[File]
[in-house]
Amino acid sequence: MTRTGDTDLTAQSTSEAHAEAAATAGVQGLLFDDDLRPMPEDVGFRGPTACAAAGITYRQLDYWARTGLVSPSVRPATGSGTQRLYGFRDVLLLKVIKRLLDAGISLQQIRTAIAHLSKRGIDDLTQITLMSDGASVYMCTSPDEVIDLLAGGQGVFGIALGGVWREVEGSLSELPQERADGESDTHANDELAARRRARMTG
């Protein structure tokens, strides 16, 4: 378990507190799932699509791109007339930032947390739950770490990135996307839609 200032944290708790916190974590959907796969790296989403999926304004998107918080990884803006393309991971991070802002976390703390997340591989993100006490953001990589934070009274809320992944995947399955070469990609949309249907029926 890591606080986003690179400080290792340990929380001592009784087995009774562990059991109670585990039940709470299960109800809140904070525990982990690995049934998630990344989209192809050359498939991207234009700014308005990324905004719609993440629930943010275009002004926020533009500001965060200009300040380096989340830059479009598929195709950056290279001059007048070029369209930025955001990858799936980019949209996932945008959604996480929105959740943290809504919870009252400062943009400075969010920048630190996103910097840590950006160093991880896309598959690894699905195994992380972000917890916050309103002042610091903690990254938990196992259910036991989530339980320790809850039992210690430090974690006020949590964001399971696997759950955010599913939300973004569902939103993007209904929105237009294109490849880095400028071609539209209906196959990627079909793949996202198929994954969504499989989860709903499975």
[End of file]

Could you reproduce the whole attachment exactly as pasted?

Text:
[in-house]
Amino acid sequence: MTRTGDTDLTAQSTSEAHAEAAATAGVQGLLFDDDLRPMPEDVGFRGPTACAAAGITYRQLDYWARTGLVSPSVRPATGSGTQRLYGFRDVLLLKVIKRLLDAGISLQQIRTAIAHLSKRGIDDLTQITLMSDGASVYMCTSPDEVIDLLAGGQGVFGIALGGVWREVEGSLSELPQERADGESDTHANDELAARRRARMTG
């Protein structure tokens, strides 16, 4: 378990507190799932699509791109007339930032947390739950770490990135996307839609 200032944290708790916190974590959907796969790296989403999926304004998107918080990884803006393309991971991070802002976390703390997340591989993100006490953001990589934070009274809320992944995947399955070469990609949309249907029926 890591606080986003690179400080290792340990929380001592009784087995009774562990059991109670585990039940709470299960109800809140904070525990982990690995049934998630990344989209192809050359498939991207234009700014308005990324905004719609993440629930943010275009002004926020533009500001965060200009300040380096989340830059479009598929195709950056290279001059007048070029369209930025955001990858799936980019949209996932945008959604996480929105959740943290809504919870009252400062943009400075969010920048630190996103910097840590950006160093991880896309598959690894699905195994992380972000917890916050309103002042610091903690990254938990196992259910036991989530339980320790809850039992210690430090974690006020949590964001399971696997759950955010599913939300973004569902939103993007209904929105237009294109490849880095400028071609539209209906196959990627079909793949996202198929994954969504499989989860709903499975």